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The Honolulu Advertiser

Posted on: Monday, September 9, 2002

'Maile' alert system good plan for Hawai'i

The majority of child "abductions" involve some form of family dispute. Typically, a noncustodial parent or other relative will try to gain control of a child.

These events, while traumatic and serious, do not generally portend physical harm to the child.

But there are occasions when the abductor is either unknown or is clearly a stranger who might have an intent to harm or kill the child.

In these cases, particularly, it is crucial that the search for the child begin immediately. Federal officials say most cases of killing or serious harm happen within the first three hours after the kidnapping.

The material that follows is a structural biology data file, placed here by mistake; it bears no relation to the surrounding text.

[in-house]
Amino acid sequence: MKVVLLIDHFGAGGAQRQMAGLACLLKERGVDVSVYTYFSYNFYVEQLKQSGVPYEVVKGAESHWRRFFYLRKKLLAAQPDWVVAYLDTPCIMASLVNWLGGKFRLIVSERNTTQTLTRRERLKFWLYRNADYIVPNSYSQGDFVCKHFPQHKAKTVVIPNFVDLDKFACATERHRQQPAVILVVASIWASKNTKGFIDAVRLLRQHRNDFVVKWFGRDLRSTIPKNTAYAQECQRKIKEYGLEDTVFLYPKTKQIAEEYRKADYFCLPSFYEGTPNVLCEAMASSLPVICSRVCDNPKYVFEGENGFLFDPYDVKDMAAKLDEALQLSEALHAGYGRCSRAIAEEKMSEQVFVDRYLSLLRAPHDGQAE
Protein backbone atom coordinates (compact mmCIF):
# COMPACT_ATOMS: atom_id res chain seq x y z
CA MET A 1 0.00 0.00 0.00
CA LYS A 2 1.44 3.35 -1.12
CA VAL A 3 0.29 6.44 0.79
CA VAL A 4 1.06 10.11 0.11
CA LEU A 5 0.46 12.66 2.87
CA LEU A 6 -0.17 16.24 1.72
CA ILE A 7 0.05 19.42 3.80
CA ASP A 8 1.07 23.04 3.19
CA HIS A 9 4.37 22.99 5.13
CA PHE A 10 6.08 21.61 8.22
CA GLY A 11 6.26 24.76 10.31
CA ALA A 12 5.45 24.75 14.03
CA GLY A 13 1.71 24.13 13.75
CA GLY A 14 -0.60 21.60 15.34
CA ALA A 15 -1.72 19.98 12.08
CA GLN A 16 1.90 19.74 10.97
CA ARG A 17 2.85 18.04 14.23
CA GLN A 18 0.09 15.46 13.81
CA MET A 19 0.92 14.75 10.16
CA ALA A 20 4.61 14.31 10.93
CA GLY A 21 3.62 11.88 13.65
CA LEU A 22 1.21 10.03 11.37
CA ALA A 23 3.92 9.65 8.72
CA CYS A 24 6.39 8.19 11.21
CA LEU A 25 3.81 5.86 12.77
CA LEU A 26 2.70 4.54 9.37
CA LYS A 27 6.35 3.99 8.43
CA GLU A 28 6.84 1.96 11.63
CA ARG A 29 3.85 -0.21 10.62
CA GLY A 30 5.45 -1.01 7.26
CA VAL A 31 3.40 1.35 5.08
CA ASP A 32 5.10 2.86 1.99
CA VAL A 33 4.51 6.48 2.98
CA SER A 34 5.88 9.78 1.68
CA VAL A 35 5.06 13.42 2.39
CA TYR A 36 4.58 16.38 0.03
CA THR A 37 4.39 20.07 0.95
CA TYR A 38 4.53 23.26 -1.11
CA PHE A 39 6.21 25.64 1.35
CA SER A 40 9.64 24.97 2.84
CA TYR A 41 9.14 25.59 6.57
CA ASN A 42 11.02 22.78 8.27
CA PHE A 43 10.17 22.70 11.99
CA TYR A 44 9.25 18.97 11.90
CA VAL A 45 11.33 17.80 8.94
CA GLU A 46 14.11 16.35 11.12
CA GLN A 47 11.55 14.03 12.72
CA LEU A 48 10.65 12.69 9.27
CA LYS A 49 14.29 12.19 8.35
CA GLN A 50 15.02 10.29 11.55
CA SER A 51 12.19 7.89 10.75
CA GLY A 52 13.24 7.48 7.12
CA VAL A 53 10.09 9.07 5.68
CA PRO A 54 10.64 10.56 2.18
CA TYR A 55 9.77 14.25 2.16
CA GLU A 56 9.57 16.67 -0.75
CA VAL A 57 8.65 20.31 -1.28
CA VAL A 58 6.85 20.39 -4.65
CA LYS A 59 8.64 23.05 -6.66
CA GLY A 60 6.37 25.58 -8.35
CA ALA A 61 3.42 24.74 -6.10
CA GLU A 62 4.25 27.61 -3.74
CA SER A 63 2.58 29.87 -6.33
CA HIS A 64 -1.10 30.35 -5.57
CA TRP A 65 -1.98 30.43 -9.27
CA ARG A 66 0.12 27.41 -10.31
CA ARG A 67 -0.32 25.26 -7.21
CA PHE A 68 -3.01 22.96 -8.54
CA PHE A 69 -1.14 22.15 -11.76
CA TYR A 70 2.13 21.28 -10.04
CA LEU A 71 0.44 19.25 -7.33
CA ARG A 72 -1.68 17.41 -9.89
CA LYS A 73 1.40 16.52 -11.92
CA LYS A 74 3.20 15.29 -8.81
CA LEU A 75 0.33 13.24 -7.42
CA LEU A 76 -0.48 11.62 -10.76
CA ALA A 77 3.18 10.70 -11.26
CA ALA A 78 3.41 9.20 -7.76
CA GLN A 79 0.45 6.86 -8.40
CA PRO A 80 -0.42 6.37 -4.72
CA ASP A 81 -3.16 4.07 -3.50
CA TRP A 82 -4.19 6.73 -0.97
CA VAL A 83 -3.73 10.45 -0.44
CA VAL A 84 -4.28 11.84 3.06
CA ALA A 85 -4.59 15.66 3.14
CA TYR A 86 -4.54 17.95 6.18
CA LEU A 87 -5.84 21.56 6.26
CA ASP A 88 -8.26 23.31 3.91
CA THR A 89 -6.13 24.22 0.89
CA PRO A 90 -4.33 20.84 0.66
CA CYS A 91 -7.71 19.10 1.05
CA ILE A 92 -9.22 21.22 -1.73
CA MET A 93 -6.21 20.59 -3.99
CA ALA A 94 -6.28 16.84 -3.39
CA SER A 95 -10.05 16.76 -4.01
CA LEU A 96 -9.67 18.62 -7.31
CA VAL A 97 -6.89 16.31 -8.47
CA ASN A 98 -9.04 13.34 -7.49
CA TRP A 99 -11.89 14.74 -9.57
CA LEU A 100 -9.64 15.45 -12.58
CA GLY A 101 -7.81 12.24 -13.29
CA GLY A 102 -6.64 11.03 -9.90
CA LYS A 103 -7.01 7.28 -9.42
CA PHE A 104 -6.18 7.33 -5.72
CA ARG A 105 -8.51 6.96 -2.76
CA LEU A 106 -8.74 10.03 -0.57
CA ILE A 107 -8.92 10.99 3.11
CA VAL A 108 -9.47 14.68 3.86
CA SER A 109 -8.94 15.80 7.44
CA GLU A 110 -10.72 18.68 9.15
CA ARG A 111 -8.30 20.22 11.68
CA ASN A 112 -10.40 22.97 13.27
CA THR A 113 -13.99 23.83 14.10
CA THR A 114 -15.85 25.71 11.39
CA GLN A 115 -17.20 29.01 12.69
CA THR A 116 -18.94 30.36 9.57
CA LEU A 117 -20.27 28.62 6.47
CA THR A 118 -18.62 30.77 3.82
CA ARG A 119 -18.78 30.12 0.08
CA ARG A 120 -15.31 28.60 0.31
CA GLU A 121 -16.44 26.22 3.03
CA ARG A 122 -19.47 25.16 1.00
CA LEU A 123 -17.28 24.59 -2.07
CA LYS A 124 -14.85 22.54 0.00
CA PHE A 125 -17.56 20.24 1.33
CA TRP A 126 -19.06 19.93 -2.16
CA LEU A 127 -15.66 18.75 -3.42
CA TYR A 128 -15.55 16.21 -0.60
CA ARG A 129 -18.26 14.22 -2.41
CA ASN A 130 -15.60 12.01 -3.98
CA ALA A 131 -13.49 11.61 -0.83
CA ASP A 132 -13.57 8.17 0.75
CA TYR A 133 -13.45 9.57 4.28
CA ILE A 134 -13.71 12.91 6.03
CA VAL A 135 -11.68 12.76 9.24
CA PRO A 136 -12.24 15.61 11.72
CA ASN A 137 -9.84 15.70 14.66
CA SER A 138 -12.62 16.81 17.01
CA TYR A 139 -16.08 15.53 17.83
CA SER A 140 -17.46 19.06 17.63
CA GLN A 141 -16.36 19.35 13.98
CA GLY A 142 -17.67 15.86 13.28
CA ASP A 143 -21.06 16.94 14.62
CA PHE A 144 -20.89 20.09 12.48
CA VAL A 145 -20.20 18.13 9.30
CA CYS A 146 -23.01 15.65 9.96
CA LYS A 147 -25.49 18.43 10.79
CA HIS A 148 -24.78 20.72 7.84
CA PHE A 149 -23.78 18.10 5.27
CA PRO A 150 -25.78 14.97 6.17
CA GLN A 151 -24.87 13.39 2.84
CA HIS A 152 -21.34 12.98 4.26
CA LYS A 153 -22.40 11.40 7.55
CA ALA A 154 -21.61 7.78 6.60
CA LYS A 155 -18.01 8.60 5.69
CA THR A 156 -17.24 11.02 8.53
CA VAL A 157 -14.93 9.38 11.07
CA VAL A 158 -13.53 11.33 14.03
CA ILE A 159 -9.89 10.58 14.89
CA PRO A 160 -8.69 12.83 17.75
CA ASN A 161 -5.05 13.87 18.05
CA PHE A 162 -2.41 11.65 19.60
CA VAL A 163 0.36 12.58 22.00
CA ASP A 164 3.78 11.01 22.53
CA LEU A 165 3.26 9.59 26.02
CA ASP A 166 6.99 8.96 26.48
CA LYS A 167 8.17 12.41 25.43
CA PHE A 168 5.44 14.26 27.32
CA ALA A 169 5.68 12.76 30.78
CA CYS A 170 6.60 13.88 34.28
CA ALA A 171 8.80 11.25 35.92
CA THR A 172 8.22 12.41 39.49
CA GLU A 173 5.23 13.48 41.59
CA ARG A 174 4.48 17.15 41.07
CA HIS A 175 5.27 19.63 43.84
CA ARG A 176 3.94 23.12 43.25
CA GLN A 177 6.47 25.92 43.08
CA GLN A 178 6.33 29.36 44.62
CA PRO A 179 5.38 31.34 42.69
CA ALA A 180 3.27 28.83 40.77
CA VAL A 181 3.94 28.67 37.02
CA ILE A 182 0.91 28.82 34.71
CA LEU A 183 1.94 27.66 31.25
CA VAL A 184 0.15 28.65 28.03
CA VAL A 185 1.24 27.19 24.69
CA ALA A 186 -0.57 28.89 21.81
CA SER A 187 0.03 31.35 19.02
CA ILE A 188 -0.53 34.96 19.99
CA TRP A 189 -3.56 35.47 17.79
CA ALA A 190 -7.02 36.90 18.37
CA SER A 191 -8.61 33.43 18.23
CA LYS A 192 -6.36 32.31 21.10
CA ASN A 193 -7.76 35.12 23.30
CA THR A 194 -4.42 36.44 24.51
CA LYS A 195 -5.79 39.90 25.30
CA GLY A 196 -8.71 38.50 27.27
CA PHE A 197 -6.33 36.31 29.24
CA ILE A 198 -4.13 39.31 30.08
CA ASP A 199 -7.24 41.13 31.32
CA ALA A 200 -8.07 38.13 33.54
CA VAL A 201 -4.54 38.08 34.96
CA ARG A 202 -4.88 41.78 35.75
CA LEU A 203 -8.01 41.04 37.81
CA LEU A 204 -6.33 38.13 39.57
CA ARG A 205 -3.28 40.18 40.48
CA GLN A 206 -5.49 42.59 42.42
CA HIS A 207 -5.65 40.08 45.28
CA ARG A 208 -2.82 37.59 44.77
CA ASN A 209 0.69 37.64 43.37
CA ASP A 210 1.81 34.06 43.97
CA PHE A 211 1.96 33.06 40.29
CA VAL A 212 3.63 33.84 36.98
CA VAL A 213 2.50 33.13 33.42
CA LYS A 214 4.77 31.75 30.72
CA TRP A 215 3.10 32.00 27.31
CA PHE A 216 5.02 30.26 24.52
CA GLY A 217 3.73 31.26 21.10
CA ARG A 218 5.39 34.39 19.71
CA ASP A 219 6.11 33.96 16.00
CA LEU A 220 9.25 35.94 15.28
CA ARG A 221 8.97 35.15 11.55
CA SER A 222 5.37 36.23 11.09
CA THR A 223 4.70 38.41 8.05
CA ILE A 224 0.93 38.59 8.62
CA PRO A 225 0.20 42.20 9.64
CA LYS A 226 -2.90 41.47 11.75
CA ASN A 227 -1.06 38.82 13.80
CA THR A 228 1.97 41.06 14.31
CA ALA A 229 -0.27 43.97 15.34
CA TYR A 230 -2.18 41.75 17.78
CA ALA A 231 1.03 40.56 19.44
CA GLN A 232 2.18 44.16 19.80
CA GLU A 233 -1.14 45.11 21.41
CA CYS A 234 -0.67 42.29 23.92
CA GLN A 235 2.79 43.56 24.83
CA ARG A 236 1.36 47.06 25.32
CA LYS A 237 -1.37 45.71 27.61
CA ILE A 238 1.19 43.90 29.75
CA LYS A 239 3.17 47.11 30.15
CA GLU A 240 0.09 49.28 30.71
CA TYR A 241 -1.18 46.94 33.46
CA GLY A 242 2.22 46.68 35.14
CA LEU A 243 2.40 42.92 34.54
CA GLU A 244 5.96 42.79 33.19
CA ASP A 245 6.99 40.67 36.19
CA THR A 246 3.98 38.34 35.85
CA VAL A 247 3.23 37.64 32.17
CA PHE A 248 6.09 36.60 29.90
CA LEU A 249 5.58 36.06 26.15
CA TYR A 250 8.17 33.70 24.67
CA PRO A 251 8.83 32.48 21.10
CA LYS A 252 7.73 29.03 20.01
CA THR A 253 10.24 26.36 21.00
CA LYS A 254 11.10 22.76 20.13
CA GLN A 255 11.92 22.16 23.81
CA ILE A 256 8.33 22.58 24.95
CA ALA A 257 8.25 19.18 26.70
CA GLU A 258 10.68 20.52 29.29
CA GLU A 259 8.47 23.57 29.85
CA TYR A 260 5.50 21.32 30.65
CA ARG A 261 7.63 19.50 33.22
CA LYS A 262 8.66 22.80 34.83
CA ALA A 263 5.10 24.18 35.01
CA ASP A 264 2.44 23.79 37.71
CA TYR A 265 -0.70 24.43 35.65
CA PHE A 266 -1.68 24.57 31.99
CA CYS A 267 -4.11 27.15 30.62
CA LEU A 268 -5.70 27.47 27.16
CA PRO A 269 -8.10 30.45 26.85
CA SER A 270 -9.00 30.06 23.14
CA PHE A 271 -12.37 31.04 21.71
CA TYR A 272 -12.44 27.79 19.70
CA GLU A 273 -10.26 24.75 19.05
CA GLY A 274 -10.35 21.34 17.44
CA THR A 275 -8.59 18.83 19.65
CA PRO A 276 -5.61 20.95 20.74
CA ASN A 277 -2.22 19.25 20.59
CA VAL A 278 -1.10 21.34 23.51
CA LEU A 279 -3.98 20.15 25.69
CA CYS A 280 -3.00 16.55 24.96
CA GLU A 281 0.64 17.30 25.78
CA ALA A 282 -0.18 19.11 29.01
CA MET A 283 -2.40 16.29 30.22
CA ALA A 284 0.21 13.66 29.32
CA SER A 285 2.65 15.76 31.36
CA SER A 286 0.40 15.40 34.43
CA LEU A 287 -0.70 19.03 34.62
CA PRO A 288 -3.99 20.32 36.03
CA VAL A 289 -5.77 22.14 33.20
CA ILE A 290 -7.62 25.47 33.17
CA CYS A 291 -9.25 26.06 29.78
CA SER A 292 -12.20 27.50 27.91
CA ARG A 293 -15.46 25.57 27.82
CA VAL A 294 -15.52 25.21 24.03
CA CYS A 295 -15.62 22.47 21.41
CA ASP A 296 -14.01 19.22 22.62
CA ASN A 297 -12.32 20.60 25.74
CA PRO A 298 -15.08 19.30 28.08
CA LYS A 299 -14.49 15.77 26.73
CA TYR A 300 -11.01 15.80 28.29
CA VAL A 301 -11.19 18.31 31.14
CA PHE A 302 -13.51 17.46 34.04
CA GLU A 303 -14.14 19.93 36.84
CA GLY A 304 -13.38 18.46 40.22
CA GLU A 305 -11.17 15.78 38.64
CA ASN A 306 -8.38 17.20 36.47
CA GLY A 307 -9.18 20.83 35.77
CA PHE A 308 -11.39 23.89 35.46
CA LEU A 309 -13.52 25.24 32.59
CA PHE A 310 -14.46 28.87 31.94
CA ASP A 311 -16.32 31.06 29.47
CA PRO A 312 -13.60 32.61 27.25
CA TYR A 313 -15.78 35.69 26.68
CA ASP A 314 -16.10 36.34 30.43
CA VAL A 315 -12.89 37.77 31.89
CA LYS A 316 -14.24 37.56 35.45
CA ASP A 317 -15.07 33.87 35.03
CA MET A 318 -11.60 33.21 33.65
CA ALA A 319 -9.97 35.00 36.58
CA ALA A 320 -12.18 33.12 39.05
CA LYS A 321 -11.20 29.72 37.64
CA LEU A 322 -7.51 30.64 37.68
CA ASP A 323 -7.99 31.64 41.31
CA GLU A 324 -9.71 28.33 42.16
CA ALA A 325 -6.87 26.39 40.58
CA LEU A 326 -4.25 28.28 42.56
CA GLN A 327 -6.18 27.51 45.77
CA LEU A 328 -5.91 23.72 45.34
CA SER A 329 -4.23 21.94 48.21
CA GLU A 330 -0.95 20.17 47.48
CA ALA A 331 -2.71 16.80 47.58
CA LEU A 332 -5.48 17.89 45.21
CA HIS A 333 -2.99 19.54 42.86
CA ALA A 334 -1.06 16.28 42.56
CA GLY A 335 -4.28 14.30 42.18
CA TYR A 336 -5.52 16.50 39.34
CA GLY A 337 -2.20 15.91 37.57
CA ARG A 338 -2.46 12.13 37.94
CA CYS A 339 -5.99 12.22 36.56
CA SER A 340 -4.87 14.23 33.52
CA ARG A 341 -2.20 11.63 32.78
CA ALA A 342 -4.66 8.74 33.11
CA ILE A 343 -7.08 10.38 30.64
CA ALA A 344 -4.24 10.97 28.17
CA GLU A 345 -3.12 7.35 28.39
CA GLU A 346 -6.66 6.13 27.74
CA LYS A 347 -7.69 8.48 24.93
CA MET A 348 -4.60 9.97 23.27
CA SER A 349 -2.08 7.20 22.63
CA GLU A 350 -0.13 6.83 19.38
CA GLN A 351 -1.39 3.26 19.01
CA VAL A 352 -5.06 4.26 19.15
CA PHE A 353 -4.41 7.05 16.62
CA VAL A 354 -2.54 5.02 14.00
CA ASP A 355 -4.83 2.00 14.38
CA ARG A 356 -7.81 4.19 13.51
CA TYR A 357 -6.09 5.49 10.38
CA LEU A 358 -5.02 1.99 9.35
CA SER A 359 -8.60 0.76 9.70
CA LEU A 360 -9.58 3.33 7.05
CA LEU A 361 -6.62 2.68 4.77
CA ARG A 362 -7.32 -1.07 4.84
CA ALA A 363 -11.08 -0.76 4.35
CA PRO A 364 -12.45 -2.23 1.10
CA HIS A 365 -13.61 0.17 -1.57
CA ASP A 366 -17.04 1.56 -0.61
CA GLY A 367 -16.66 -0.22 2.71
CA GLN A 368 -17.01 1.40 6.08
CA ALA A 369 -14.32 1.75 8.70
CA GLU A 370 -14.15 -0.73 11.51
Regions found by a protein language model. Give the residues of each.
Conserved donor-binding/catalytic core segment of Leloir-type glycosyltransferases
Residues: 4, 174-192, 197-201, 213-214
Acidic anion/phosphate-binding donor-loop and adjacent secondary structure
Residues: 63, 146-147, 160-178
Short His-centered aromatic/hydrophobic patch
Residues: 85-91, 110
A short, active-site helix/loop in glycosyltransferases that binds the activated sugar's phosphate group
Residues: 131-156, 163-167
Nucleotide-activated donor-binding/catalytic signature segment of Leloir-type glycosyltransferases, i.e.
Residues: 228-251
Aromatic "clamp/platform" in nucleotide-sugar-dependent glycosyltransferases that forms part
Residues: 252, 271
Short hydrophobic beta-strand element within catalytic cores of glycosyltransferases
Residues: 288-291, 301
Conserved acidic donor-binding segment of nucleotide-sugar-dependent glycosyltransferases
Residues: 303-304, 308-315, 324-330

What's needed is immediate and widespread community notification that a child is missing.

For that reason, it is encouraging that local law enforcement and government officials are working on a plan to use the existing Emergency Alert System to notify the community when a child has been kidnapped and appears to be in imminent danger.

The local system, nick-named "MAILE" Alert after 6-year-old Maile Gilbert who was abducted and murdered in 1985, would be modeled on the "Amber Alert" system used in other jurisdictions.

In this system, radio, television, newspaper and other media (including popular Web sites, we would imagine) would be alerted about the missing child and provided as many details as possible.

It is important that this system not be overburdened with false alarms. But used wisely, it could be a valuable tool to save lives and avoid unnecessary grief.